Try to recall when was the last time a movie got so many things right — a love story with perfect chemistry between the actors, strong female characters, soulful tracks, and meaningful lyrics, social messages without deviating from the script, and phenomenal acting — Gully Boy hits it out of the park in every department.
After winning 13 Filmfare Awards — best film, best director, best actor, best actress, best-supporting actor, best-supporting actress, best screenplay, best dialogue, best music director, best lyricist, best production design, best cinematography, best background score — Gully Boy has faced immense flak on social media, in particular.
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Riding high on the nationalism wave, Kesari — which depicts how 21 Sikh soldiers in British Army fought 10,000 Afghan warriors at the Battle of Saragarhi — lyricist Manoj Muntashir announced that he will not attend award shows till his “last breath” as the jury “failed to honour the words which made Indians cry” referring to his nominated song Teri Mitti.
Social media was abuzz with many voices pouring in support of Muntashir. #BoycottFilmfare and #BoycottFilmfareAwards remained the top trends on the microblogging website Twitter for many hours.
Actress Yami Gautam also expressed her disappointment with a long post on social media as she failed to make it to the nomination list for her performances in Bala and Uri: The surgical strike.
In the past, actors like Aamir Khan, Ajay Devgan, Kangana Ranaut, and Avinash Tiwari and musician Amaal Mallik have raised pertinent questions on the rules, procedures and methods followed or not followed to give nominations and awards in these events. There are flaws in the process, there are unanswered questions, and there are differing opinions, but this doesn’t change the fact that all these 13 winners equally contributed to deliver a gem of a movie.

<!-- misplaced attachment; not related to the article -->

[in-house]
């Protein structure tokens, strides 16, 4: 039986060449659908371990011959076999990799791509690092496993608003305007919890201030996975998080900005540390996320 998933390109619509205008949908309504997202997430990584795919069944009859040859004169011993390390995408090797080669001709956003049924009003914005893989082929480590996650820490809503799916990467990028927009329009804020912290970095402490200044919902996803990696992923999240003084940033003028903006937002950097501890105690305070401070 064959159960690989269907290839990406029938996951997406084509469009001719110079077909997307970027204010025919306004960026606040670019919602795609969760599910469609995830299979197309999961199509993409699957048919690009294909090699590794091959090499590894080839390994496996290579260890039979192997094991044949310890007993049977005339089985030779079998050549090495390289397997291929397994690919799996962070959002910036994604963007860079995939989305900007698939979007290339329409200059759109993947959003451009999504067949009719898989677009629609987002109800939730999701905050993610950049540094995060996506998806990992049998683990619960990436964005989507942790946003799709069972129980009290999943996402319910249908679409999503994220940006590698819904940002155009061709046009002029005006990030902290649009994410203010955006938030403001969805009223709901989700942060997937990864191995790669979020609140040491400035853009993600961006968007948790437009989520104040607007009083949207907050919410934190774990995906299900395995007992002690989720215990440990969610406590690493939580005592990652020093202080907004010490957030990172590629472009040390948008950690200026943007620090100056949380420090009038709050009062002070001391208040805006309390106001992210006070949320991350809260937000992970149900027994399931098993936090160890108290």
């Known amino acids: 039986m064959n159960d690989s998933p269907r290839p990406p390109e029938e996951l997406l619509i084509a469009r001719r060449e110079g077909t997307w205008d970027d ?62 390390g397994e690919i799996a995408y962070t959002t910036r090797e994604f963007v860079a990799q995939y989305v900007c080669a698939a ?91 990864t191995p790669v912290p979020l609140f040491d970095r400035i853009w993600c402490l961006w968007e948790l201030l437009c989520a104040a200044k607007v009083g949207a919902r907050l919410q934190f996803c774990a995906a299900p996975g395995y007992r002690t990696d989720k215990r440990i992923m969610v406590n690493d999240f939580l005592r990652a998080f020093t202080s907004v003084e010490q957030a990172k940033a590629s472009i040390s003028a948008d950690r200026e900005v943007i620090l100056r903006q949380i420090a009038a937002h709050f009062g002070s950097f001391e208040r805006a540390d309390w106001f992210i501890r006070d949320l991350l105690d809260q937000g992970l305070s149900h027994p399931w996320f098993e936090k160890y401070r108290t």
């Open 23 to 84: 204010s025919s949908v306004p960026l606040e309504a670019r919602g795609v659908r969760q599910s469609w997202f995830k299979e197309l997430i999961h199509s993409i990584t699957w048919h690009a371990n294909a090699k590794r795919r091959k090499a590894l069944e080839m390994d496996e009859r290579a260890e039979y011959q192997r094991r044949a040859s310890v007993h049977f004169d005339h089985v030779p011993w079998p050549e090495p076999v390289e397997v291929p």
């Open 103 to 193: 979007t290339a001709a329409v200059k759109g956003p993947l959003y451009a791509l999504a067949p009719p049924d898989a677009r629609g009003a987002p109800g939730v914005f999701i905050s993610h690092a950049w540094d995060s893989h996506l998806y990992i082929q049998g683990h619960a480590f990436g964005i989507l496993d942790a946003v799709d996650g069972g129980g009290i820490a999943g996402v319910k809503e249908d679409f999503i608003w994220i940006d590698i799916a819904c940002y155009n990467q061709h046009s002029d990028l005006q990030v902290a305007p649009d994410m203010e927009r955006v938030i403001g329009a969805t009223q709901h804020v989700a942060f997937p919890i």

Article 15 and Sonchiriya, two other remarkable films of the year, rightly deserved the Critics Best Film award. Interestingly, they weren’t nominated in the Best Film category along with Gully Boy and vice-versa.
Many years ago, Farhan Akhtar made his directorial debut with Dil Chahta Hai, a super-hit movie. It is still praised, watched, and discussed. Not only did it give Saif Ali Khan’s career a new lease of life, but it also introduced the Hindi film audiences to a new style of filmmaking.
The idea wasn’t fresh, there were stories on friendship even before, but the narration and characterisation made the movie believable and more such watchable ventures were delivered by Hindi filmmakers post-DCH’s success.
Now, it is Farhan’s younger sister’s turn to teach a few lessons on how to make movies based on real individuals. Inspired by true events, Saand ki Ankh, Kesari and Super 30, released in the same year, did decent business, however, they failed to garner attention like Gully Boy.
A string of biopics in the making like 83 (Kapil Dev and the 1983 Cricket World Cup-winning team’s story), Thalaivi (J Jayalalithaa’s biopic), and Shabaash Mithu (Mithali Raj’s biopic), Shakuntala Devi (the maths wizard’s biopic), and Gangubai Kathiawadi (sex worker-cum-mafia queen Ganga Harjeevan Das Kathiawadi’s biopic) can only hope to emulate the success of Zoya Akhtar’s film.
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(The writer is a Bangalore-based journalist who pens features and reports on movies, politics, and human interest issues.)
(The Federal seeks to present views and opinions from all sides of the spectrum. The information, ideas or opinions in the articles are of the author and do not reflect the views of The Federal.)